The Designing Participation conference was held at the Royal Society of the Arts in London on 26 May 2017. The event was organised by LDoc researchers Julia Johnson, Jack Champ and Will Renel with support from the LDoc Cohort Development Fund. The conference provided the opportunity for participatory arts companies to share best practice and evaluation techniques, and to consider the benefits and challenges of designing and delivering participatory arts programmes and projects. This was achieved throughout the day via a series of lively, fun and thought-provoking talks and workshops.
The principle objective of the event involved revisiting recommendations made in a 2010 report by the Arts Council England (ACE) entitled Adult Participatory Arts: Thinking it Through, which showcased the best practice of thirteen participatory arts companies working in the UK. The conference aimed to follow up on two key recommendations included in this review, firstly: “That the 13 companies share expertise and intelligence on their work within the charitable and third sectors and disseminate this to a wider audience’’ and ‘’That an evidence base for participatory work is developed, to be shared between the 13 review companies, similar arts organisations and Arts Council England, so that they can respond more easily to government policies and targets’’ (ACE 2010).
The event was split into two halves, the conference opened with Julia Johnson outlining the key themes and purpose of the day, including her research interests, followed by Jack Champ and Will Renel, who spoke briefly about the projects they were working on. Following the introduction by the organisers, delegates were addressed by keynote speakers: Rosy Martin (Artist, photographer, psychological therapist and workshop leader) and Cian Binchy (Writer and actor from Access All Areas). Both presentations were engaging, informative and very well received by everyone in the room.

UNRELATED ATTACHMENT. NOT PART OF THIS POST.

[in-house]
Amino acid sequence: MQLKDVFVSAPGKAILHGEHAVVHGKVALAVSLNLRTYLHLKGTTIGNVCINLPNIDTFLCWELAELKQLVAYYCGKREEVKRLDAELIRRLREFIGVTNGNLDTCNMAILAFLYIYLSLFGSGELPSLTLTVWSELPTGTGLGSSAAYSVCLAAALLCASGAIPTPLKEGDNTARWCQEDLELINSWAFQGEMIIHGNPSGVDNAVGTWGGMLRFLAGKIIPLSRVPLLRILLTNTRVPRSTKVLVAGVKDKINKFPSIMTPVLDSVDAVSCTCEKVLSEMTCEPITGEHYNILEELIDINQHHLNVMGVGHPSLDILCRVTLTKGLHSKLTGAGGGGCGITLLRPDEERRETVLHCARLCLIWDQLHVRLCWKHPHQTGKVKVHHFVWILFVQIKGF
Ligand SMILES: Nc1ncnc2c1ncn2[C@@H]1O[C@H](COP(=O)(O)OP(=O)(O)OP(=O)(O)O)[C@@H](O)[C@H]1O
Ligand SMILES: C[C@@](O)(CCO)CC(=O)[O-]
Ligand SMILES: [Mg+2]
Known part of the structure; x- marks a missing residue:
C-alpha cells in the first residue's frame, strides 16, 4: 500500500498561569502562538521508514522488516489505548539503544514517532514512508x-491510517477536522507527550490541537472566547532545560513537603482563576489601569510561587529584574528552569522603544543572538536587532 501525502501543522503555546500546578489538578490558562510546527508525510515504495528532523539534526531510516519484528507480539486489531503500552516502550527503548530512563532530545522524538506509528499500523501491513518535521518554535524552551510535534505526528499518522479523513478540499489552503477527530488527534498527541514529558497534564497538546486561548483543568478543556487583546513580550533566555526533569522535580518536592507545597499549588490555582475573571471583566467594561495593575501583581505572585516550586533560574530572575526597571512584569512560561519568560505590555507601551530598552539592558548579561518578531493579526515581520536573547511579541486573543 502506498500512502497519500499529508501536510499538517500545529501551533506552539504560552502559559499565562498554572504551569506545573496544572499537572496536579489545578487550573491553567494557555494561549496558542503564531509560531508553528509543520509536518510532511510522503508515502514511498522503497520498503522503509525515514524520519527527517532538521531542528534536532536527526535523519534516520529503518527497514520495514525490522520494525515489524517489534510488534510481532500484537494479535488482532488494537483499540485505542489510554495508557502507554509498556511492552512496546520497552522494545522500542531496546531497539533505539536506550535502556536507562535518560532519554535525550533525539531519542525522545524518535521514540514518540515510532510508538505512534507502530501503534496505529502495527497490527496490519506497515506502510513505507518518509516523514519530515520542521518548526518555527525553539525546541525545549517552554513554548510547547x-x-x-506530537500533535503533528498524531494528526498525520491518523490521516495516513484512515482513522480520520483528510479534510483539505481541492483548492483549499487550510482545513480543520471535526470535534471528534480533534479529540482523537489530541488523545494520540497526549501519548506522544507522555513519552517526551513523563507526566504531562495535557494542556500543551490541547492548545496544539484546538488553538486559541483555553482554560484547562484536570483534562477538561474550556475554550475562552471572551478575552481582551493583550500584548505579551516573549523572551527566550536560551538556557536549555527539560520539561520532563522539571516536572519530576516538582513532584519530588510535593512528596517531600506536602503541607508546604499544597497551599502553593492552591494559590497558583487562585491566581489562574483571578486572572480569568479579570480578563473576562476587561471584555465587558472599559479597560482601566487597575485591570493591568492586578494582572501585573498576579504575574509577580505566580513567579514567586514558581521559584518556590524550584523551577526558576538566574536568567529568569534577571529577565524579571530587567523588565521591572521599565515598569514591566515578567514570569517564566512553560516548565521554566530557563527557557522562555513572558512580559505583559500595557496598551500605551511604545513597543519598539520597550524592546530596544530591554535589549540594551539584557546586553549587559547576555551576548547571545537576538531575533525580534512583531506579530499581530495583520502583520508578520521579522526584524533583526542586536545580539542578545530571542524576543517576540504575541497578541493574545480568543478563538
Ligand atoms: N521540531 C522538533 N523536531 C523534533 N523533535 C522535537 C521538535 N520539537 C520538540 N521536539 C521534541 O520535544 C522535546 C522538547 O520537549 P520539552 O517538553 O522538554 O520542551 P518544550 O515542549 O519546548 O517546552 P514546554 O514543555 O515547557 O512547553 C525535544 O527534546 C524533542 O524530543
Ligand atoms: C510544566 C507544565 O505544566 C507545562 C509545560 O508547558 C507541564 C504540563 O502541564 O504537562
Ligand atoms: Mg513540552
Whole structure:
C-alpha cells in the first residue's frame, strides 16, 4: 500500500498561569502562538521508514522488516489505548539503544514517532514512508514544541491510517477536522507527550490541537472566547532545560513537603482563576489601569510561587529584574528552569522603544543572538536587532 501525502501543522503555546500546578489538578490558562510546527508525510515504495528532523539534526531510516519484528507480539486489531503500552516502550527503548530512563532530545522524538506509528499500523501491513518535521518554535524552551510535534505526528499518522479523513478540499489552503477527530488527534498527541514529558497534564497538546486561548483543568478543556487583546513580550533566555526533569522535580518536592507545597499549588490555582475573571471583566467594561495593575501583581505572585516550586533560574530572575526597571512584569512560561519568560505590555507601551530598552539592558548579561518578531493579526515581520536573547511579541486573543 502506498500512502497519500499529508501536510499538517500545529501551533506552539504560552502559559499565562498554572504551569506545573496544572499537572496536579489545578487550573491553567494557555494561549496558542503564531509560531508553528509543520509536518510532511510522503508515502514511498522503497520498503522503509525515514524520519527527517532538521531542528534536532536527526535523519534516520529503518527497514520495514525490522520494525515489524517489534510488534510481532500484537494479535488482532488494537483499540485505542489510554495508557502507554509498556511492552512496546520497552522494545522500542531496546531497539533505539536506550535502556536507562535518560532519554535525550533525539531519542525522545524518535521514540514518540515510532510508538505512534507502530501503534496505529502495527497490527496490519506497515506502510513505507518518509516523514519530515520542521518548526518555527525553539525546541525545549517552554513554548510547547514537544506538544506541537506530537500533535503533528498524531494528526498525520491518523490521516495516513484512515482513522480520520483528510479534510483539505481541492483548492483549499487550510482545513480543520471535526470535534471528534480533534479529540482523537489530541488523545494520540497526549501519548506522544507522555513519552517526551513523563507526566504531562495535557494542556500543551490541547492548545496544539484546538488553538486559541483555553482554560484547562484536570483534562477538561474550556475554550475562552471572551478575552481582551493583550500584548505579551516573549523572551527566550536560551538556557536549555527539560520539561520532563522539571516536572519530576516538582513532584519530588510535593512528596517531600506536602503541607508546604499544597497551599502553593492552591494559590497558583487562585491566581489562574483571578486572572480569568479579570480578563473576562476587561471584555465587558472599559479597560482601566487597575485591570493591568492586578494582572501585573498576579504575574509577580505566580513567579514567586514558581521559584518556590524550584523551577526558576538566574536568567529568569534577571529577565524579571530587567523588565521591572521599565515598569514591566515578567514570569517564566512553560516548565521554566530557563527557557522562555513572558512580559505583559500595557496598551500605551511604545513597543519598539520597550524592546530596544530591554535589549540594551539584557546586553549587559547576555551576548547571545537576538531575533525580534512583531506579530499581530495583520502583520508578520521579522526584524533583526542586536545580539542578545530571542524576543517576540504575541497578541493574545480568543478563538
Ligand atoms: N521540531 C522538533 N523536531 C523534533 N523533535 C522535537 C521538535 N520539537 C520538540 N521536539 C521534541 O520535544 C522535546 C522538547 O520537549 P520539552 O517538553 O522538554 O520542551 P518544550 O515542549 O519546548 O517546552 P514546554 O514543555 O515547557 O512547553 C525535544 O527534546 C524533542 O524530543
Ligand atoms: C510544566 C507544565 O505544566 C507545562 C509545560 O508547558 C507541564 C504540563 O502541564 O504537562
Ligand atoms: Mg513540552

The afternoon session included a series of workshops, developed in small groups, during which knowledge and experiences were shared whilst considering several key questions. The participatory workshops aimed to generate research: Activities one and two involved presenting findings back to the larger group on coloured card; activity three’s responses were creatively recorded by writing and drawing on balloons.
Workshop Activity one focused on defining the benefits, challenges and most effective methodologies to deliver participatory arts programmes to the communities involved.
Workshop Activity two focused on evaluation techniques and how evaluation could provide a genuine understanding of participants’ experiences of programmes and support the improvement of projects.
Activity three focused on future opportunities and directions that have the potential to inform the effective design and delivery of participatory arts programmes. Finally, a proposal for a collective manifesto for future participation was put forward by all the delegates who attended the conference. Julia Johnson, Jack Champ and Will Renel are currently developing a report to present the research findings from the Designing Participation conference, which will be disseminated to all those who attended and to the wider participatory arts community, by September 2017.